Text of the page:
1. Pingback: Let’s Read The Fifth Sorceress ch. 12.5 | Doing In The Wizard

  2. Pingback: Let’s Read The Fifth Sorceress ch. 7 | Doing In The Wizard

  3. TheUncreativeMe

    This was great. Writing is hard. Writing a good story is even harder.

    I also agree with your opinion on outlines. You need to plan, not only the plot, but also the characters, and the conflict, and the theme, and the setting. How the story will feel and what the levels of tension will be – it’s a bit like making a game, in that you need pacing and breaks. In any case, you win the internets with this post. 🙂

  4. Jamie

    Good stuff! I particularly appreciate the bit about choosing appropriate complexity. I get myself in all kinds of binds with that…

    The baffling thing to me about the endless “plotters vs. pantsers” argument is that I always see it treated as an either/or thing. I learned the hard way that, if I didn’t have an outline with a clear end in mind, I couldn’t write anything with a coherent end. On the other hand, I also learned that no outline survives contact with the characters, and there’s no reason to treat anything as cast in stone if something obviously superior presents itself (and, most of the time, it will).

    I have had less good luck gauging whether I was writing something terrible by evaluating a day or a week’s subjective writing experience. Sometimes it feels like each miserable sentence has to be dragged out of me, and other times it just flows–but when I go back, I usually can’t tell from the material itself which part was which. Having a plan helps, so that even when the subjective experience of writing is painful, you at least know where to go and you can put one sentence in front of another, so to speak, and get yourself out of the doldrums.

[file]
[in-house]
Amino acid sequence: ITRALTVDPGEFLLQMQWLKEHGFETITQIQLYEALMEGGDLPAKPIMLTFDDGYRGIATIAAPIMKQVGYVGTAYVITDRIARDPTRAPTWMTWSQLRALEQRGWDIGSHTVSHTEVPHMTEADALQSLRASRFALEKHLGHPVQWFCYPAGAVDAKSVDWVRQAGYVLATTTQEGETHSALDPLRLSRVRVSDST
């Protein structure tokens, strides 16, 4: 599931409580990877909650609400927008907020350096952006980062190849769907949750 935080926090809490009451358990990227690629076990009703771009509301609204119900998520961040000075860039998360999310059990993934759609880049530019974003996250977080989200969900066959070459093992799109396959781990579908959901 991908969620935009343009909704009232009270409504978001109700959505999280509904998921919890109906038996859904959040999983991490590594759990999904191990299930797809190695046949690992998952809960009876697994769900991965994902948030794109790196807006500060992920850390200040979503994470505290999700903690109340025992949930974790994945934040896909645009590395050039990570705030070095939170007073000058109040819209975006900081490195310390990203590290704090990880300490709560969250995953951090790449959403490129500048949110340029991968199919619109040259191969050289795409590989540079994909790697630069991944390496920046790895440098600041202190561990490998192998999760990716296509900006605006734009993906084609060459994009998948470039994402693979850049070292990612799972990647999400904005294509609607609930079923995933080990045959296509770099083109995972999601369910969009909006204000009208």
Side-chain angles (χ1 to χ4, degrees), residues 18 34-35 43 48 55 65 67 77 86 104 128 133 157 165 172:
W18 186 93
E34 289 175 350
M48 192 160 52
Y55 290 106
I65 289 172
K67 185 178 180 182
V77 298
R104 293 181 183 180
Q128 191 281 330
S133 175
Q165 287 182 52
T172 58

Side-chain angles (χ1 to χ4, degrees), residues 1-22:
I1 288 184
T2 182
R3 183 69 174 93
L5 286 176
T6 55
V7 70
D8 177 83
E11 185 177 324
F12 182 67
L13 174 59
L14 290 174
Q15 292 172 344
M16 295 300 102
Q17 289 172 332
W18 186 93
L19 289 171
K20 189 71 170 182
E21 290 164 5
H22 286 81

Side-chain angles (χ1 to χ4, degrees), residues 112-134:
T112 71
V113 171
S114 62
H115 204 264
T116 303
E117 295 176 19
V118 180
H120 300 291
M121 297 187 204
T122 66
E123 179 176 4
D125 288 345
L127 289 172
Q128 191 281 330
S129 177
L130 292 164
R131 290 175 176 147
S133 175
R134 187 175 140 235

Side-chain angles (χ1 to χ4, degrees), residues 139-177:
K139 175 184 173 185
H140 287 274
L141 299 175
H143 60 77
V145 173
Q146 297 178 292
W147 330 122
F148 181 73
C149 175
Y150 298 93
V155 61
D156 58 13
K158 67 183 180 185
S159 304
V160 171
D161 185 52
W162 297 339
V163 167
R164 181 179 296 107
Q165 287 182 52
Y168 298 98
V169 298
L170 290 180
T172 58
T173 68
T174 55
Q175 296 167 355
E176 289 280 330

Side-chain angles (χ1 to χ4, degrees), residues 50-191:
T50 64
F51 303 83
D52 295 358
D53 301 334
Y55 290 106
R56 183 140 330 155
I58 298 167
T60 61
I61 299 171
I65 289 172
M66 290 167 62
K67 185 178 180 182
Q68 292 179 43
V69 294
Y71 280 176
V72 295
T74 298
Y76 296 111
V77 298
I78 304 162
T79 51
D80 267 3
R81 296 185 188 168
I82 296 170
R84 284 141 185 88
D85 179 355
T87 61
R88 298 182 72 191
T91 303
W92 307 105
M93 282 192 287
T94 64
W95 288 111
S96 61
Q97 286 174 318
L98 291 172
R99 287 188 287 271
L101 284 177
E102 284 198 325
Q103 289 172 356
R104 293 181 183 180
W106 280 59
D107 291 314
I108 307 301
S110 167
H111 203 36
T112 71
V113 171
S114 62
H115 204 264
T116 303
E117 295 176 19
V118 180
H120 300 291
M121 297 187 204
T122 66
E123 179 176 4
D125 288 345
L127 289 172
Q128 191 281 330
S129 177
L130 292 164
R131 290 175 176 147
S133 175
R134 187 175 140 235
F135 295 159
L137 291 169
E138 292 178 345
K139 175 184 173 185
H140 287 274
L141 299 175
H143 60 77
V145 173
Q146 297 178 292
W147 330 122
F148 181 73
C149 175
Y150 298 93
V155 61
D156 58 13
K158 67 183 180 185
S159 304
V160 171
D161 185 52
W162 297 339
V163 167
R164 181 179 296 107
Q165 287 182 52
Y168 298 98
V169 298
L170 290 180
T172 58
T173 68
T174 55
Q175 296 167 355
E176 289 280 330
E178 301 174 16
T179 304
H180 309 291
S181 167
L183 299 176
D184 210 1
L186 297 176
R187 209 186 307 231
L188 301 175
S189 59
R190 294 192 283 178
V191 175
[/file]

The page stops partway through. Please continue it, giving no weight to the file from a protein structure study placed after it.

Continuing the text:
Now, if it’s a miserable experience and that doesn’t let up for weeks, that’s a bad sign…

    1. ronanwills Post author

      “On the other hand, I also learned that no outline survives contact with the characters, and there’s no reason to treat anything as cast in stone if something obviously superior presents itself ”

      I find that the unplanned things that crop up in a first draft often lead to new plans in the second- eg, I’ll notice a theme or something developing organically (or sometimes even by accident) and go back and work it in more heavily on the next go-around.

  5. callmeIndigo

    Up until recently I had almost never outlined because I knew so many non-planners who talked about getting bored if they knew what was going to happen next. [I feel like there’s kind of…a line there, but anyway.] And entirely coincidentally never actually finished anything readable.

    And then I tried outlining something I was working on to sort out a plot snarl and discovered that it is way, way easier to work toward an ending if you know what it is in advance. It has taken me way too long to figure this out. [Still working on some of the other stuff.]

  6. Mr Elbows

    yeah, since I started actually outlining plotlines on paper instead of just winging it, I feel less stressed out and more like I’m actually gonna finish That Thing. I don’t know why I thought I was doing fine without it :/

  7. steamysalt